Used mostly as a substitute, Defoe still managed to amass 14 goals in 39 league and cup appearances for the Hammers. It wasn’t the number of goals that earned Defoe praise from the fans and media during his first full season as a senior West Ham striker, though – better yet, it was how he scored them.
Defoe’s predatory instincts have always been a fundamental, primal element of his play, but during his first batch of appearances he began to study the movements of Premier League defenders and goalkeepers. He grew to understand how a combination of dynamic movement and runs timed to the nanosecond could be the most devastating piece of kit in his artillery. He has always been blessed with pace, balance and an ability to score with both feet, but Defoe began to appreciate the benefit of sharp, direct movements that pull defenders away from each other – and sometimes leave them grabbing at thin air in his wake. Premier League football is a game of the finest margins and, as a striker, Defoe threw himself into an education where the main objective of the curriculum was to steal a yard on defenders and execute a finish.
Before long he became a maestro of both. Defoe’s first appearance at Old Trafford illustrated his burgeoning skills. West Ham were locked in a tense stalemate with Sir Alex Ferguson’s star-studded, albeit declining, Manchester United, and Defoe, like so many subsequent times throughout his career, proved to be the difference.
United were wasteful when pouring forward, but West Ham were clinical when it mattered. When Di Canio swivelled his way into the United penalty area and looked up, Defoe knew exactly what was coming. While many in the Stretford End may have feared a notorious rocket launched from the boot of the explosive Italian, he instead picked out his new striker partner with a clever little chip towards the back post. Defoe had read Di Canio’s intentions before Phil Neville in United’s defence and Fabien Barthez between the posts and, as a result, was able to elude the defender’s attentions to rise and meet the cross, delivering a killer blow to United.
Defoe continued to score regularly for West Ham, but he was powerless to stop their spectacular disintegration the following season. The Hammers had finished in an impressive seventh in the 2001-02 season and, with a team full of international stars, were considered ‘too good to go down.’ Defoe finished the season as top scorer in all competitions, but West Ham were relegated on the last day of the season, with Bolton Wanderers surviving instead. It was a deeply disconcerting time for their supporters, worsened by Defoe’s first high-profile error as a professional footballer as he submitted a transfer request 24 hours after the club’s relegation was confirmed.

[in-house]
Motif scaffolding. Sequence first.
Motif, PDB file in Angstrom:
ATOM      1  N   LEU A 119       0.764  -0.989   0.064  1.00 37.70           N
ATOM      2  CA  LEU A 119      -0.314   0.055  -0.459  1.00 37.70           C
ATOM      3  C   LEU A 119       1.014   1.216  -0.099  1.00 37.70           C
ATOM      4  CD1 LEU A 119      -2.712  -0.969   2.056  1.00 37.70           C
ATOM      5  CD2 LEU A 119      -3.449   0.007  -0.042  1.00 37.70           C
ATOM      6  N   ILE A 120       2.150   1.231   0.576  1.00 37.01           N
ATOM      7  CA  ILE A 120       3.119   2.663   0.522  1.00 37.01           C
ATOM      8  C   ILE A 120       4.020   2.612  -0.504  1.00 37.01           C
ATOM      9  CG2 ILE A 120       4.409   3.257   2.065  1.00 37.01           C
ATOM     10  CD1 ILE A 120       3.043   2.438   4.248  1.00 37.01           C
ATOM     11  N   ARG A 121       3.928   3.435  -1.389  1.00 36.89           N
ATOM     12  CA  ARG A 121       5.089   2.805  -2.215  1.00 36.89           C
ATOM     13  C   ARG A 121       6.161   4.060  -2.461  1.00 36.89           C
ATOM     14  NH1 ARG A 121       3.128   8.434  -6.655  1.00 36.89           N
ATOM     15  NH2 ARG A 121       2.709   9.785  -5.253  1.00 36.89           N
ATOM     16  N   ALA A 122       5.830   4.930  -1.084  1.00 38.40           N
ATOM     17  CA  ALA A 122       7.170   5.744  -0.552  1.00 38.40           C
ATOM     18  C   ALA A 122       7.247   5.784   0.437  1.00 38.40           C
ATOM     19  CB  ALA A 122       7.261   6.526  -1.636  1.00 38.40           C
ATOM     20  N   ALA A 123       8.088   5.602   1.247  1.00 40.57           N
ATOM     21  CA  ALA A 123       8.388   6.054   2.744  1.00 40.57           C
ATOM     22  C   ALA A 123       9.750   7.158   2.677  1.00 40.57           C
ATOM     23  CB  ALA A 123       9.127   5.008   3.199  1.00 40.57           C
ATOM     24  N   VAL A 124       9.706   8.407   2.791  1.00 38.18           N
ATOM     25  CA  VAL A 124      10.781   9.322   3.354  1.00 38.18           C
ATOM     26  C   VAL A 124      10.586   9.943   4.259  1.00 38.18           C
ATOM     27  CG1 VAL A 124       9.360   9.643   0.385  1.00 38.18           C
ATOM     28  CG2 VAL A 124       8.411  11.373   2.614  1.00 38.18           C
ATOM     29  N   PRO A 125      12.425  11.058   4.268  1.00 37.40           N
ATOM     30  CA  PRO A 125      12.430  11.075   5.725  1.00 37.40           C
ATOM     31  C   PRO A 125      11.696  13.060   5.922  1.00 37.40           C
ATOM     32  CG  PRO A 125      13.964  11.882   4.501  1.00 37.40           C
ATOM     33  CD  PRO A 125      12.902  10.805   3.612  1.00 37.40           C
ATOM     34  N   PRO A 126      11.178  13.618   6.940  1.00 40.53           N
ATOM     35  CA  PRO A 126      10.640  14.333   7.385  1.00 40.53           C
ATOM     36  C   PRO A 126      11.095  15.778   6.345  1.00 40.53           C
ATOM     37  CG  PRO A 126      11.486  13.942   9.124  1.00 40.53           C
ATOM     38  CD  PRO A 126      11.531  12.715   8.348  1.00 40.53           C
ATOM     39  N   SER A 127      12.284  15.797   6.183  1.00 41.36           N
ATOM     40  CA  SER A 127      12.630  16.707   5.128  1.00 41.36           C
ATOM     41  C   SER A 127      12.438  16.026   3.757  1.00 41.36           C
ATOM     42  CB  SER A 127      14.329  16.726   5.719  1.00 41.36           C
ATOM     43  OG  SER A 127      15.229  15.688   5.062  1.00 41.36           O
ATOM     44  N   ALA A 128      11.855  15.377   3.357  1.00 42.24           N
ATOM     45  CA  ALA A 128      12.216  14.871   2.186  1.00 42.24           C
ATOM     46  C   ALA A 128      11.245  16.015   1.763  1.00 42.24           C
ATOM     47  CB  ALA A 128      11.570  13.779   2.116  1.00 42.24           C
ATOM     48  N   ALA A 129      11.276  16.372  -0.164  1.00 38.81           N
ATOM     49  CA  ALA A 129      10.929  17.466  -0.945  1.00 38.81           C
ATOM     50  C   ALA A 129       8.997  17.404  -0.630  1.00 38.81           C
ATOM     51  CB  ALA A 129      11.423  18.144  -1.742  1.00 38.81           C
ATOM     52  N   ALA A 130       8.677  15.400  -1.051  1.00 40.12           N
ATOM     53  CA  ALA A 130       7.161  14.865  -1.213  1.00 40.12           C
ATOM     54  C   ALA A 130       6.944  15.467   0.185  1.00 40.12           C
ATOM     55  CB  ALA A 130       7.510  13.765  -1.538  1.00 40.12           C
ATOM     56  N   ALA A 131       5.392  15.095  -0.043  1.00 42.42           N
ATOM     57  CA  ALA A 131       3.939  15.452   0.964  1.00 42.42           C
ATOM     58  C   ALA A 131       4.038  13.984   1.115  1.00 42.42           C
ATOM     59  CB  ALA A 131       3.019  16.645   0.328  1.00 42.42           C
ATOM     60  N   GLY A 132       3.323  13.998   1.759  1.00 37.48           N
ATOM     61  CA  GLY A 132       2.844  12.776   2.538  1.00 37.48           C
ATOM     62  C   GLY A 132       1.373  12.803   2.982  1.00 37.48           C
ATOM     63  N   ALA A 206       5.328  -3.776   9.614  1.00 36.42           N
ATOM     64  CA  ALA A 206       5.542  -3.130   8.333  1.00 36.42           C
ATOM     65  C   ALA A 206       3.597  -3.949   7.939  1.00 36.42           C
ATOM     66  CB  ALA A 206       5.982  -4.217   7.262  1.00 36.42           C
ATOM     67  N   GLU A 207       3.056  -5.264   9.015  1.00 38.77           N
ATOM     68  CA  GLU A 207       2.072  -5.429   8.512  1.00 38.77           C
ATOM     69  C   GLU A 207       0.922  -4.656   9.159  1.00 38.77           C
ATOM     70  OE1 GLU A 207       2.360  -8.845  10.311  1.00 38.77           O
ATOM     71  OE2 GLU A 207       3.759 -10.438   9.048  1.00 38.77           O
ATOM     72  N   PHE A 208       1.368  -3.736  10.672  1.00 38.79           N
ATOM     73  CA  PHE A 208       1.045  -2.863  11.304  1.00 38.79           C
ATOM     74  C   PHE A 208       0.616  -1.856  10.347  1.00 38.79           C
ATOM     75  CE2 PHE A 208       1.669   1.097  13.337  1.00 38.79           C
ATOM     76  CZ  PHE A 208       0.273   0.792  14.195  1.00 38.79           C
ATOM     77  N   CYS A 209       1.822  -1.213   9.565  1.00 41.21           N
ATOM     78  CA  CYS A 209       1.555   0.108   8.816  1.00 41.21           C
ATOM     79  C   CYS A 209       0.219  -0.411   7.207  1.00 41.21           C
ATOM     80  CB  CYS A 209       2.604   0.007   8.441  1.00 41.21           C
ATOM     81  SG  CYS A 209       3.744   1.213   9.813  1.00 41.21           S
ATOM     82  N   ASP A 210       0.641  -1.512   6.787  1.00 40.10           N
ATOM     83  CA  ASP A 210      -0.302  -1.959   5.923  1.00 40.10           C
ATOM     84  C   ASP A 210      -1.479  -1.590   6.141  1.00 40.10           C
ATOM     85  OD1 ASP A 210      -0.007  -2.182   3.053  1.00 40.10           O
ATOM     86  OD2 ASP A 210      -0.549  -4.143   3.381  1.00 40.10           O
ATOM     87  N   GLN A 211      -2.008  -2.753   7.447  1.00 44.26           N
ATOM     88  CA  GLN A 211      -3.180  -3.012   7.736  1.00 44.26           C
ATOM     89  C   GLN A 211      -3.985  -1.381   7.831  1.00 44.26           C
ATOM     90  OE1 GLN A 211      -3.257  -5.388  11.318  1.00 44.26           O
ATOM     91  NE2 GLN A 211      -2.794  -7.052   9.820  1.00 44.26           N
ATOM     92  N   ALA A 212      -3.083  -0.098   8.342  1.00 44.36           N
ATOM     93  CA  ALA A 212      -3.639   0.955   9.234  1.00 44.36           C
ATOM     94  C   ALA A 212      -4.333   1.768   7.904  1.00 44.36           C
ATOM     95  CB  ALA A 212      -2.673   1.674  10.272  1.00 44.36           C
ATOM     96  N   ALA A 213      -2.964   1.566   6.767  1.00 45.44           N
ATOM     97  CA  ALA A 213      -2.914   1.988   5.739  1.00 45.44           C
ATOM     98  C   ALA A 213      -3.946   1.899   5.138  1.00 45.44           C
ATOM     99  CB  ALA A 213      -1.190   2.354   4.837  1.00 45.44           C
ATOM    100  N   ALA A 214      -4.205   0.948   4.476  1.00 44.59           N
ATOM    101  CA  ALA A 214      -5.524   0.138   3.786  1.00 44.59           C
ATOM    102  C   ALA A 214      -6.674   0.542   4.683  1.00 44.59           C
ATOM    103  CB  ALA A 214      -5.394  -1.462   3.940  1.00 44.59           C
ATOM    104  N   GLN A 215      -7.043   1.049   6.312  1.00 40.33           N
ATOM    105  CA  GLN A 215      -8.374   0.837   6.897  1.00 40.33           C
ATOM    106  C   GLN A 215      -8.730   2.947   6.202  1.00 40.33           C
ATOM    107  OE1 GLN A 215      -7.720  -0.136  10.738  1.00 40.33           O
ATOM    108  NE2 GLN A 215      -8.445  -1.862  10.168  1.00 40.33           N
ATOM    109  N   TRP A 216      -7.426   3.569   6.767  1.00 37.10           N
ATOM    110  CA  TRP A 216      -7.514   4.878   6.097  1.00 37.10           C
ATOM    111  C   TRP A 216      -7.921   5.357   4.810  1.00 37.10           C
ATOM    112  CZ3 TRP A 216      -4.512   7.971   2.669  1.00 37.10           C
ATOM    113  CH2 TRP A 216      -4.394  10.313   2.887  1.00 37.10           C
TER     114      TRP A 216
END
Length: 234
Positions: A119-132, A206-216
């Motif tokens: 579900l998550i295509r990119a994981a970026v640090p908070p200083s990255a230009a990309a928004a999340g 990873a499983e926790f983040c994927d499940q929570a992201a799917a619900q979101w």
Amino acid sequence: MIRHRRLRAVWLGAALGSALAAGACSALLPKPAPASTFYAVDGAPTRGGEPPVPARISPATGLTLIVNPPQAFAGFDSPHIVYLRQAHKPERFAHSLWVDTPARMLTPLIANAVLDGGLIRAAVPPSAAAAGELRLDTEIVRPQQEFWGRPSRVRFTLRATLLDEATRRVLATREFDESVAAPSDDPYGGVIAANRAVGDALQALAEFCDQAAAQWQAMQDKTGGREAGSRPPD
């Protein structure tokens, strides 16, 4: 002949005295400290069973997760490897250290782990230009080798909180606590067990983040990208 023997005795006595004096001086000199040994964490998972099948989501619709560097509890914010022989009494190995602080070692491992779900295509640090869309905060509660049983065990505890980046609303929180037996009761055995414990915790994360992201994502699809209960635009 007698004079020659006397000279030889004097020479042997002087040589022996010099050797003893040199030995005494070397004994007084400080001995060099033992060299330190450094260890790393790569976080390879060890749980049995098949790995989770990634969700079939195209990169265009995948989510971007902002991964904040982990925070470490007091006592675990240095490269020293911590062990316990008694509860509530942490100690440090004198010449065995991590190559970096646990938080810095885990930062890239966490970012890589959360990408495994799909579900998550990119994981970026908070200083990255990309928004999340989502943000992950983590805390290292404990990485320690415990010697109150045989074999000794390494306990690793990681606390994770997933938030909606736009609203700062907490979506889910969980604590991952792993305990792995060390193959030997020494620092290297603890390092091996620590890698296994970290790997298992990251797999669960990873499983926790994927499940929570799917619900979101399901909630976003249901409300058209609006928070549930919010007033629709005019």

Read | West Ham 2002-03: the best team to ever get relegated?
Defoe’s request read: “As much as I love West Ham United I feel that now is the right time for me to move on in my career. This is very much a career decision. I am very ambitious and hungry to achieve at the highest levels of the game for both club and country.”
The timing of the request drew heavy criticism. Having encouraged him as a promising young talent, the supporters felt betrayed at Defoe’s apparent willingness to run at the first sign of trouble. Instead of vowing to stay and help the club back up to the Premier League – which is what they needed to hear – Defoe instead decided to do the exact opposite. Despite the backlash from fans, Paul Aldridge, West Ham’s managing director, confirmed they had rejected the request, stating that they believed Defoe was misled by poor advice from his agent.
He subsequently apologised and admitted that he had mishandled the situation. Unfortunately, supporters are difficult to win back and with three red cards during the first-half of the 2003-04 season, the club accepted an offer from Tottenham Hotspur for Defoe in the January transfer window.
At 21, Defoe had time on his side to establish an excellent career at White Hart Lane. He was afforded the chance to do just that under Martin Jol, the Dutchman who was appointed Spurs boss in 2004 and promised to instil a brand a football that harked back to the legendary Tottenham teams of yesteryear. This was exactly the kind of environment in which Defoe could flourish.